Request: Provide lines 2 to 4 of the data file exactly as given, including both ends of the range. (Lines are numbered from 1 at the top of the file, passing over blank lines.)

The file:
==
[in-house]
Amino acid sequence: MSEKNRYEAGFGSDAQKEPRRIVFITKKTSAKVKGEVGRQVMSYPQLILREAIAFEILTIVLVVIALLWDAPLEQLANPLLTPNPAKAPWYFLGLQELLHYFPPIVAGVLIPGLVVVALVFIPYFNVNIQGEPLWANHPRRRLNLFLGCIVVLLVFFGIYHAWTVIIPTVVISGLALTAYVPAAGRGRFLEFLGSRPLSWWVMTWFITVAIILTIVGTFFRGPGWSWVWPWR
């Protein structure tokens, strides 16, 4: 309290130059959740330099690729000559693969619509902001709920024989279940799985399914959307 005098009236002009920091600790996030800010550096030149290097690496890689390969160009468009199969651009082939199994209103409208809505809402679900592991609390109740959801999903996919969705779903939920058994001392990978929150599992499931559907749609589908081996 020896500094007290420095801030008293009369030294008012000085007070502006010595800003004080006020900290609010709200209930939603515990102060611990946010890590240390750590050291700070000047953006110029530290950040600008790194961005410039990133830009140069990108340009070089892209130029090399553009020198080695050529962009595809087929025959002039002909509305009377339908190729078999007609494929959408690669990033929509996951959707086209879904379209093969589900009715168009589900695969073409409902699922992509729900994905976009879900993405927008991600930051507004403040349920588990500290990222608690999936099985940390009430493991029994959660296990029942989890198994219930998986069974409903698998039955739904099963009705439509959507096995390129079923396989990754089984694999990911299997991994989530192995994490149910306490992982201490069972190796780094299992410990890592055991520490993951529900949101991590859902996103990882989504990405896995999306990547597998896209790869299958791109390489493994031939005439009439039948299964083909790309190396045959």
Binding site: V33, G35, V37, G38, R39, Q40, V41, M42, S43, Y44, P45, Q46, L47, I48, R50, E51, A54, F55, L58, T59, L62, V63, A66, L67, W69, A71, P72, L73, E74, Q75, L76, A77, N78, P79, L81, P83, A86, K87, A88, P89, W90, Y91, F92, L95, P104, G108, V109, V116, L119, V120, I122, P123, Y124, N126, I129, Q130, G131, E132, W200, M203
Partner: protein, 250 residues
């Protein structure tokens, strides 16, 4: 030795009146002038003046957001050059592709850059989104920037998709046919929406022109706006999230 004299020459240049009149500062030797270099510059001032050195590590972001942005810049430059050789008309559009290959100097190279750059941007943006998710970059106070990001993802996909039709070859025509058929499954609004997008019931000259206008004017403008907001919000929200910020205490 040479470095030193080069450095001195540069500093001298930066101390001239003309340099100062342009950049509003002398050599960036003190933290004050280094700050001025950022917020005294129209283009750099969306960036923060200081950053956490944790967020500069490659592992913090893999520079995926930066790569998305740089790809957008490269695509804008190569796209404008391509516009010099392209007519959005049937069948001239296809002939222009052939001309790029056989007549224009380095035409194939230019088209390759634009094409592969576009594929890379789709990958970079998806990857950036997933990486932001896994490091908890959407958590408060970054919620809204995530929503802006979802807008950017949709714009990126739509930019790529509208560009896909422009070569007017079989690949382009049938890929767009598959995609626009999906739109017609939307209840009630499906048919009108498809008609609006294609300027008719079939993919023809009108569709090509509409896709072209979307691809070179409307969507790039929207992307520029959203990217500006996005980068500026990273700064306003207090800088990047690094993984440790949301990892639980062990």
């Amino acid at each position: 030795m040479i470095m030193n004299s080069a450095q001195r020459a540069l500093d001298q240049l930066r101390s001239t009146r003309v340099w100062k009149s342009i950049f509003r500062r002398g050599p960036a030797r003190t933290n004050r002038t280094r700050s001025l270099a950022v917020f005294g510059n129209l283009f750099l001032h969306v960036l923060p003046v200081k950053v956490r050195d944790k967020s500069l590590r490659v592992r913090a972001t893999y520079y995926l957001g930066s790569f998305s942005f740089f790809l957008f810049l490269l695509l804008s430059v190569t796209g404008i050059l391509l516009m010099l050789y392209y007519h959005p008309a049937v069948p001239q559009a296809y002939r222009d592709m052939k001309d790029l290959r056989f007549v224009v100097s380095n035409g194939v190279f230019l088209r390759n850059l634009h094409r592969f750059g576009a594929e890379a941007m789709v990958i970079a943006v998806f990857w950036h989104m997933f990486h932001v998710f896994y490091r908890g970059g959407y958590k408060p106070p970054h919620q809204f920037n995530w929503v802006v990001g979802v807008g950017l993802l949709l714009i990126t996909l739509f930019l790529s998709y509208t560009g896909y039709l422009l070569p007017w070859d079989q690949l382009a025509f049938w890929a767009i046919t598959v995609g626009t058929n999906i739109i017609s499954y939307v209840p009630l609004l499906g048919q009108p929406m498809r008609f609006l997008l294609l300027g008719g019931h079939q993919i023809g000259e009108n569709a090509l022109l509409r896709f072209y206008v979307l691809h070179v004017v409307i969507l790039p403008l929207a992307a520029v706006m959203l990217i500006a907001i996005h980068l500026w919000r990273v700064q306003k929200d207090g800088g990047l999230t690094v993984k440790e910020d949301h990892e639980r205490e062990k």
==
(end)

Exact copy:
Amino acid sequence: MSEKNRYEAGFGSDAQKEPRRIVFITKKTSAKVKGEVGRQVMSYPQLILREAIAFEILTIVLVVIALLWDAPLEQLANPLLTPNPAKAPWYFLGLQELLHYFPPIVAGVLIPGLVVVALVFIPYFNVNIQGEPLWANHPRRRLNLFLGCIVVLLVFFGIYHAWTVIIPTVVISGLALTAYVPAAGRGRFLEFLGSRPLSWWVMTWFITVAIILTIVGTFFRGPGWSWVWPWR
């Protein structure tokens, strides 16, 4: 309290130059959740330099690729000559693969619509902001709920024989279940799985399914959307 005098009236002009920091600790996030800010550096030149290097690496890689390969160009468009199969651009082939199994209103409208809505809402679900592991609390109740959801999903996919969705779903939920058994001392990978929150599992499931559907749609589908081996 020896500094007290420095801030008293009369030294008012000085007070502006010595800003004080006020900290609010709200209930939603515990102060611990946010890590240390750590050291700070000047953006110029530290950040600008790194961005410039990133830009140069990108340009070089892209130029090399553009020198080695050529962009595809087929025959002039002909509305009377339908190729078999007609494929959408690669990033929509996951959707086209879904379209093969589900009715168009589900695969073409409902699922992509729900994905976009879900993405927008991600930051507004403040349920588990500290990222608690999936099985940390009430493991029994959660296990029942989890198994219930998986069974409903698998039955739904099963009705439509959507096995390129079923396989990754089984694999990911299997991994989530192995994490149910306490992982201490069972190796780094299992410990890592055991520490993951529900949101991590859902996103990882989504990405896995999306990547597998896209790869299958791109390489493994031939005439009439039948299964083909790309190396045959």
Binding site: V33, G35, V37, G38, R39, Q40, V41, M42, S43, Y44, P45, Q46, L47, I48, R50, E51, A54, F55, L58, T59, L62, V63, A66, L67, W69, A71, P72, L73, E74, Q75, L76, A77, N78, P79, L81, P83, A86, K87, A88, P89, W90, Y91, F92, L95, P104, G108, V109, V116, L119, V120, I122, P123, Y124, N126, I129, Q130, G131, E132, W200, M203